Tremors: A Cold Day in Hell (Tremors 6 for those who believe in numbered things) offers the franchise’s very first arctic graboids. Arctic graboids are remarkably similar to desert graboids, so fans can rest assured this latest entry will deliver the same goods. It’s a fun change of setting without compromising the monster attacks.
Burt Gummer (Michael Gross) and his son Travis (Jamie Kennedy) answer a call from a Canadian mountain research center asking for help with graboids. Burt doesn’t believe graboids exist in cold climates, and Travis just wants to meet the female scientists. So they join Dr. Sims (Tanya van Graan), Valerie McKee (Jamie-Lee Money, playing Val and Rhonda’s daughter) and their team where they are indeed fighting graboids in the snow.
Well, they get some good scenes in the snow but most of the movie is at sea level. It has mountains in the background but not remarkably different from Perfection. The science lab gives them a place to hole up and it plays out like most Tremors movies. They fend off the graboids for a while, then devise ways to trap and kill them.
The pace of A Cold Day in Hell moves. Once they get to Canada (South Africa on location), the graboids and ass blasters start coming right away. There are plenty of set pieces. Plenty of dirt or snow flies, building the anticipation of the underground graboids nearing their target. On the ground there are various points of elevation survivors climb up to to dodge the graboids.
I lost count of exactly how many graboids there are, but it’s a lot. Each one gets a very involved, drawn out death with just as much gooey slime when they’re exploded. Whatever money was saved making this latest straight to home video sequel, they did not scrimp on the graboid guts.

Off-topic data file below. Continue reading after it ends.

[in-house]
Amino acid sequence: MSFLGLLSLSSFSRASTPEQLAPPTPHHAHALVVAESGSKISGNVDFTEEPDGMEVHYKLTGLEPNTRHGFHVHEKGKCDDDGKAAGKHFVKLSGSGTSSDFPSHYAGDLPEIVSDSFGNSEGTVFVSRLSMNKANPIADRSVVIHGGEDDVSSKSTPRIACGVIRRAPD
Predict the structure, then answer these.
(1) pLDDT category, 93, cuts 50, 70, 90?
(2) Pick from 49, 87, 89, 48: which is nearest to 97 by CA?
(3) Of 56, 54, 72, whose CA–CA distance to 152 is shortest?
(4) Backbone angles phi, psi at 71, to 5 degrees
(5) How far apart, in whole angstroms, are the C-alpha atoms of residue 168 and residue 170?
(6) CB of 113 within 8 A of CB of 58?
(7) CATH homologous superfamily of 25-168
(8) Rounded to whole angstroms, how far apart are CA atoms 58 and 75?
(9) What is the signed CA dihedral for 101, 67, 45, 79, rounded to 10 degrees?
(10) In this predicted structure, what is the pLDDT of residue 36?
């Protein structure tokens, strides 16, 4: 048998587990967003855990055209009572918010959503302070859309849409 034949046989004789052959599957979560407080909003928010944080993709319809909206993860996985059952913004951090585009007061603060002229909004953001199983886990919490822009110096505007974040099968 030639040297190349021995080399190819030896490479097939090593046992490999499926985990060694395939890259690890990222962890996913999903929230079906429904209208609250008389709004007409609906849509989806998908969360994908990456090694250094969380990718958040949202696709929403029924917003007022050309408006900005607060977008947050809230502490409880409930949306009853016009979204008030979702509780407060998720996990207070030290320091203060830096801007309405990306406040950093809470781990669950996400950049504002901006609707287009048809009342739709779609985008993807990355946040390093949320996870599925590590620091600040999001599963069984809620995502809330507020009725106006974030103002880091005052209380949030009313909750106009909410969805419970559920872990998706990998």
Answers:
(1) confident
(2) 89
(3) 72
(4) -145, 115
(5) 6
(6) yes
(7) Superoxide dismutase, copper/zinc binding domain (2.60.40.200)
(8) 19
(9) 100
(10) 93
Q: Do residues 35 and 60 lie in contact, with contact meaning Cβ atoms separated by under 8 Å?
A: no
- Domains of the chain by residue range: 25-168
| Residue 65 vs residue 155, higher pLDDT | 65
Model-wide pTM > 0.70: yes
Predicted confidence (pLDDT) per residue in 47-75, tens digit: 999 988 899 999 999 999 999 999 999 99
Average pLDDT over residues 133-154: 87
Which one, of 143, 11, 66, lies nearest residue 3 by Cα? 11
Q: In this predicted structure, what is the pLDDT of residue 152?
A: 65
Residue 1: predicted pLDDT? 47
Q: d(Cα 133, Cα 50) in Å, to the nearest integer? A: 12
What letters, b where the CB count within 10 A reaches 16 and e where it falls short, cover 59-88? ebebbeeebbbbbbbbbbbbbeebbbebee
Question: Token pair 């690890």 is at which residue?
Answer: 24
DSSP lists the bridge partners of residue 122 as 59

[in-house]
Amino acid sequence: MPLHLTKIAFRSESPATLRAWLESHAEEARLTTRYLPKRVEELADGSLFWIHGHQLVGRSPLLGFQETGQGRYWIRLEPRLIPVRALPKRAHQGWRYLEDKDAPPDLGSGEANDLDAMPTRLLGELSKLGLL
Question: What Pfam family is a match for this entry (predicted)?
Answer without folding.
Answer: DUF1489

There are more CGI graboids than there were in the early entries in this series, but the CGI is not obtrusive. At this budget, they probably can’t afford to overdo it like a theatrical movie. Even in CGI, they seem to follow the same rules established by the puppet graboids in the first movies. They still have to come from underground. They still cause panels to blow off and floors to bust open so that much is practical. The finale definitely looks like a graboid build with CGI offshoots.
The humor can’t match the original. Part of that is you can’t discover graboids for the first time again. There’s a callback to Rhonda taking off her pants in the original but it lands with a thud this time. Burt’s macho talk of balls is in character but not really clever. Other characters’ jokes about ex-girlfriends are unnecessarily misogynistic, and Tremors 6 tries to do the exact same tax joke as Armageddon and hope we don’t remember.
Gross maintains the same enthusiasm for the character and even finds some new colors to play as Burt deals with old age. Kennedy fits into the world of Tremors more smoothly this time. The new characters are a delight. Money could very well carry this franchise on when Gross retires. Van Graan is as sciencey as the fifth Tremors sequel needs her to be and she seems to get it. Other actors with less screen time (sorry, spoiler alert) do embody the archetypes of fraidy cat and government A-hole dutifully.
Burt Gummer has always been a comically extreme gun enthusiast. After decades of mass shootings, that might be a little too real to be funny, but on the other hand, you don’t want to water down Burt just because of some psychos in real life. Maybe it’s just a coincidence, but it feels like A Cold Day in Hell was conscious to redirect Burt’s obsessions so it’s not all guns all the time. He’s still armed well-enough to be faithful to the character, but it didn’t feel insensitive post-Parkland.
I’m very curious about the Tremors TV series that Kevin Bacon is involved with. It may be that the premise of that precludes merging the current DTV Tremors franchise with it. Maybe Gross can show up in a different role while shooting Tremors 7. Either way, as long as they can devise clever sequences of graboid attacks, Tremors can rumble along forever.